The War on Poverty at 50: Its History and Legacy (Conference)
AS HISTORIAN MICHAEL KATZ has noted in a new edition of his classic, The Undeserving Poor, “poverty is deeply rooted” in American life. “Before the twentieth century, the nation lacked both the economic surplus and policy tools to eradicate it.” With the inception of the War on Poverty fifty years ago, however, economic abundance and new methods of providing social services joined together to confront poverty and, “for about a decade, this combination, backed by popular support and political will, did spectacularly well.” Since then, “poverty has been allowed to grow again.”
Honoring and critically appraising his work in its first roundtable session, the Penn SSPF fall conference, “The War on Poverty at 50: Its History and Legacy,” will bring together leading scholars and policy analysts to examine the key questions Katz raises. What worked and what did not in the War on Poverty? Were its successes and failures the outcome of methods or of political will? Where did the political will to declare such a war come from? And in twenty-first century America, can it ever be regained?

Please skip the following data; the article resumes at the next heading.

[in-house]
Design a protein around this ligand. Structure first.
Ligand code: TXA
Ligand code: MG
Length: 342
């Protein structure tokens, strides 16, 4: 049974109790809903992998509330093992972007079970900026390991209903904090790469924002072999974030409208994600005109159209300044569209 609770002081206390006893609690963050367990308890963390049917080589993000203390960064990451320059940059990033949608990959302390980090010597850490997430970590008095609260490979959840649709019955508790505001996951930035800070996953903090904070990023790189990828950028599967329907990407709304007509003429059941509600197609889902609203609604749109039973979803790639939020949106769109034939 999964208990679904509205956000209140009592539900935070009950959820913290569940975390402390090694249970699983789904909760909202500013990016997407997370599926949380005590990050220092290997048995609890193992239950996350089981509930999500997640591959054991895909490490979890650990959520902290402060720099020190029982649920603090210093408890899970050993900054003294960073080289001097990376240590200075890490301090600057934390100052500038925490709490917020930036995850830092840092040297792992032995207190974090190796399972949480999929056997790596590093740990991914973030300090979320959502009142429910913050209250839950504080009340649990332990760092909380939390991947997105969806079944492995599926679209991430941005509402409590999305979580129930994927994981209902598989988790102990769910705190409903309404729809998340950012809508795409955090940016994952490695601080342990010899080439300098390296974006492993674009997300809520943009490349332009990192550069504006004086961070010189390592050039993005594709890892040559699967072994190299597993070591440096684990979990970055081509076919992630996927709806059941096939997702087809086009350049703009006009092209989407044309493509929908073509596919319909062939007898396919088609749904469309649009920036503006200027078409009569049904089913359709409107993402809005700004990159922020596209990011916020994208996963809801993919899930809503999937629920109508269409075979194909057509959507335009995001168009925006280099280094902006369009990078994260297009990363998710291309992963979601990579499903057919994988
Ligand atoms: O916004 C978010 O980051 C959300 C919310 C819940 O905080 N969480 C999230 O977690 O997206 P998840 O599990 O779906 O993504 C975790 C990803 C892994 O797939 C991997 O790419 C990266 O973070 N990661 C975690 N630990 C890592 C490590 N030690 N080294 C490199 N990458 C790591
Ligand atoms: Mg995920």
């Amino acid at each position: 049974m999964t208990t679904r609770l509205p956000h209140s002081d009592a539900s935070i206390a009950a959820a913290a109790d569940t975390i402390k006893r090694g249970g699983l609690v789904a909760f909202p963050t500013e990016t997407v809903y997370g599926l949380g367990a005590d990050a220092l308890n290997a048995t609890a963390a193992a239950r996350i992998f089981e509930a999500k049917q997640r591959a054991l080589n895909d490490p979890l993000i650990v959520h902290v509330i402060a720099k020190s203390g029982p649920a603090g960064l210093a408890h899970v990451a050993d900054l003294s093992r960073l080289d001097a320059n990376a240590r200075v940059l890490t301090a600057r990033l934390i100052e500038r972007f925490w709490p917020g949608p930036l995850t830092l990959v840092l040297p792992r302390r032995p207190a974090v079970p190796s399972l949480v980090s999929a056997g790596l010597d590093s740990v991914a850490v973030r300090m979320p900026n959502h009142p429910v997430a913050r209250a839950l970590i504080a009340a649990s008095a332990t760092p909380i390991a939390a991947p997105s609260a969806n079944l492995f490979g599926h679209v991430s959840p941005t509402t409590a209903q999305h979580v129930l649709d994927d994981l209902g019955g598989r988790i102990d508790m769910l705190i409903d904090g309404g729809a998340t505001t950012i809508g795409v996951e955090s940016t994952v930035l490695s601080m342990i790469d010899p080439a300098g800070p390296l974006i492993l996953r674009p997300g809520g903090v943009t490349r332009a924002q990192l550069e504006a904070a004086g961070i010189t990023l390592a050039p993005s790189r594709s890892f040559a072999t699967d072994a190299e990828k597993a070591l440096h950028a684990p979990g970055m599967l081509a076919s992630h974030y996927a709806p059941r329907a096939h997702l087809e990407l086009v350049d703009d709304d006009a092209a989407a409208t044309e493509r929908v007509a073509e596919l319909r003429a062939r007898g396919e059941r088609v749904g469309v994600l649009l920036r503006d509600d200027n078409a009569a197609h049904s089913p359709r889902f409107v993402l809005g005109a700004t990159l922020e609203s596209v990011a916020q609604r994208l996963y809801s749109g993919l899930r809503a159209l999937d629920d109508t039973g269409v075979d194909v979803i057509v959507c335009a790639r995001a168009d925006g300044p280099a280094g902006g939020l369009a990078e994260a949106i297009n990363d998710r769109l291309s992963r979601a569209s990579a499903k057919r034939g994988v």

Thomas Sugrue (Director, Penn SSPF)
Roundtable on Michael Katz's The Undeserving Poor: America's Enduring Conflict with Poverty
Chair, Wendell Pritchett (Interim Dean, Penn Law)
Alice O'Connor (University of California, Santa Barbara)
Peter Edelman (Georgetown University)
William Julius Wilson (Harvard)
Gareth Stedman Jones (Cambridge)
10:45 am-12:00 pm
Panel 1: Maximum Feasible Participation: Community, Poverty, and Policy
Crystal Sanders (Penn State): "More than Cookies and Crayons: Head Start and the Black Freedom Struggle in Mississippi."
Gretchen Aguiar: “Maximum Feasible Employment: Head Start Jobs and the War on Poverty”
Merlin Chowkwanyun (Wisconsin-Madison): "Beyond Medicare and Medicaid: The War on Poverty and Health Reform"
Panel 2: The War on Poverty’s Neoliberal Legacies
Chair, Sophia Lee (Penn Law)
Karen Tani (UC-Berkeley Law School): "The Price of Rights: The Legal Services Program and the Constitutional Underpinnings of the Neoliberal Welfare State."
Heather Ann Thompson (Temple): “Fighting a War on Poverty and Waging a War on Crime: Rethinking the Welfare State/Carceral State Divide”
Brian Purnell (Bowdoin): “War on Poverty to War on the Poor: The Rise and Fall of First Generation Community Development Corporations, 1967-1985”
Comment, Amy Offner (Penn)
Panel 3: The Fifty Years’ War: Poverty and Policy in an Age of Inequality
Comment: Greg Kauffman (Center for American Progress)
09/19/2014 - 9:00am - 5:00pm
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